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A piano trio is at the very heart of jazz performance. Sai Ghose and his partners improvise individual solos on nearly every track and work together as one cohesive unit. The pianist has a lively approach and loves to drive his melodies without being forceful. Half of the program is original material, which Ghose has chosen to represent factors influencing his work. The tango, the blues, Far-Eastern chants, Duke Ellington, and vibrant standards appear throughout the program without veering from the mainstream. While Ghose claims to blend the cultures of Bengal and the United States, his program contains only minor references to India.
The album's title track drives up-tempo with a deep, dark, mysterious melody. The trio lightens it up so that Ghose's "East meets West" theme can explore both worlds simultaneously. Later, his "Three or Four" toys with meter, alternating the two rhythms in an unpredictable manner. It's refreshing. Standards, such as "Softly, as in a Morning Sunrise," receive a fresh look without straying too far from the beaten path. The Sai Ghose Trio performs timeless music the way Nat and Ella and Louis sang it: straight ahead and loyal to tradition.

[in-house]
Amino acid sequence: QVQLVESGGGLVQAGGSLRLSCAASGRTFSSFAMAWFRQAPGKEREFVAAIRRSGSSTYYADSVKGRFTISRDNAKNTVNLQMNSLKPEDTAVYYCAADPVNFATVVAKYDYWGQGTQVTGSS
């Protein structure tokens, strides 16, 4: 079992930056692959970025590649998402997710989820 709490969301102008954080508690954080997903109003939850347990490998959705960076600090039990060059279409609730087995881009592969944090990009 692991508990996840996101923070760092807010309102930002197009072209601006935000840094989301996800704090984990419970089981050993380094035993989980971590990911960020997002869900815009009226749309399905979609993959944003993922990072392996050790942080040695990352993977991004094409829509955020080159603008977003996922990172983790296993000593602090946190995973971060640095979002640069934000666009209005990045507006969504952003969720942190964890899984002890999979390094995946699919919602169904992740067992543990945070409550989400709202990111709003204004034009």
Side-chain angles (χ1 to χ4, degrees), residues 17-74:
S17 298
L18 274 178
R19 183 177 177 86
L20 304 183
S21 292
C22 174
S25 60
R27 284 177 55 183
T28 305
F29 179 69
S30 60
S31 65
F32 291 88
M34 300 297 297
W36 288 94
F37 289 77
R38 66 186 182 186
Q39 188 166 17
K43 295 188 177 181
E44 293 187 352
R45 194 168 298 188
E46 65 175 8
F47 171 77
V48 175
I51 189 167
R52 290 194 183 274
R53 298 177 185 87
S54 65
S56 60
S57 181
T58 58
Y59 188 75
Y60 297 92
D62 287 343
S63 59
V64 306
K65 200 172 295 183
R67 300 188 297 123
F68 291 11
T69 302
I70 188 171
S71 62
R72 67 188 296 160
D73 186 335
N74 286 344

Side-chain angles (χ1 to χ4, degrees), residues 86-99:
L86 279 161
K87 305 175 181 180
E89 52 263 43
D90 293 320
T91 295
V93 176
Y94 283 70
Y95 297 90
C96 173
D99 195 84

Track Listing: Staccato; HMG Blues; India Looking West; In a Sentimental Mood; Softly, as in a Morning Sunrise; There is No Greater Love; Beautiful Love; Three or Four; Close Your Eyes; Night and Day; Time to Come.
Personnel: Sai Ghose- piano; Jerry Wilfong- bass; Mike Connors- drums.
I love jazz because it's so different than pop and has an emotional pull that other music does not have.
I was first exposed to jazz when I saw Dave Brubeck in 1974.
The first jazz record I bought was Bitches Brew by Miles Davis.